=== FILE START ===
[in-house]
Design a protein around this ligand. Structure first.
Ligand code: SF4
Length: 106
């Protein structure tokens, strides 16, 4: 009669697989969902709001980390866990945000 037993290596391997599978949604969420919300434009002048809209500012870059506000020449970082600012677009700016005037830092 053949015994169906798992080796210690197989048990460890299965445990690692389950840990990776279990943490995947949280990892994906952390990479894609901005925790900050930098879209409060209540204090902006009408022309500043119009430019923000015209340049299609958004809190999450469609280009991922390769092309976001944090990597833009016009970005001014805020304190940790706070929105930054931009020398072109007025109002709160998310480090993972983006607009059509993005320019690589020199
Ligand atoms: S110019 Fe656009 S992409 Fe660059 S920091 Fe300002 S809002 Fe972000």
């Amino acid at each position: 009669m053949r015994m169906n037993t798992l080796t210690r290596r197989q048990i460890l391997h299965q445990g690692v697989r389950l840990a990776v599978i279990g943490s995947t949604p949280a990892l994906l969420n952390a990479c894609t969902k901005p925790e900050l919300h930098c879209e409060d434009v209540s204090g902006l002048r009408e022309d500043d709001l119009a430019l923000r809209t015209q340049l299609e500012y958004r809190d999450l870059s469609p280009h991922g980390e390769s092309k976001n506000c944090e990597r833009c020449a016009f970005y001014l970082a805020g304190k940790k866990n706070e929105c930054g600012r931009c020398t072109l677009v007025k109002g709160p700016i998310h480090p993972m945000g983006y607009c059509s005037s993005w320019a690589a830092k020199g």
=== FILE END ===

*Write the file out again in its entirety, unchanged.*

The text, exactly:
[in-house]
Design a protein around this ligand. Structure first.
Ligand code: SF4
Length: 106
């Protein structure tokens, strides 16, 4: 009669697989969902709001980390866990945000 037993290596391997599978949604969420919300434009002048809209500012870059506000020449970082600012677009700016005037830092 053949015994169906798992080796210690197989048990460890299965445990690692389950840990990776279990943490995947949280990892994906952390990479894609901005925790900050930098879209409060209540204090902006009408022309500043119009430019923000015209340049299609958004809190999450469609280009991922390769092309976001944090990597833009016009970005001014805020304190940790706070929105930054931009020398072109007025109002709160998310480090993972983006607009059509993005320019690589020199
Ligand atoms: S110019 Fe656009 S992409 Fe660059 S920091 Fe300002 S809002 Fe972000």
């Amino acid at each position: 009669m053949r015994m169906n037993t798992l080796t210690r290596r197989q048990i460890l391997h299965q445990g690692v697989r389950l840990a990776v599978i279990g943490s995947t949604p949280a990892l994906l969420n952390a990479c894609t969902k901005p925790e900050l919300h930098c879209e409060d434009v209540s204090g902006l002048r009408e022309d500043d709001l119009a430019l923000r809209t015209q340049l299609e500012y958004r809190d999450l870059s469609p280009h991922g980390e390769s092309k976001n506000c944090e990597r833009c020449a016009f970005y001014l970082a805020g304190k940790k866990n706070e929105c930054g600012r931009c020398t072109l677009v007025k109002g709160p700016i998310h480090p993972m945000g983006y607009c059509s005037s993005w320019a690589a830092k020199g």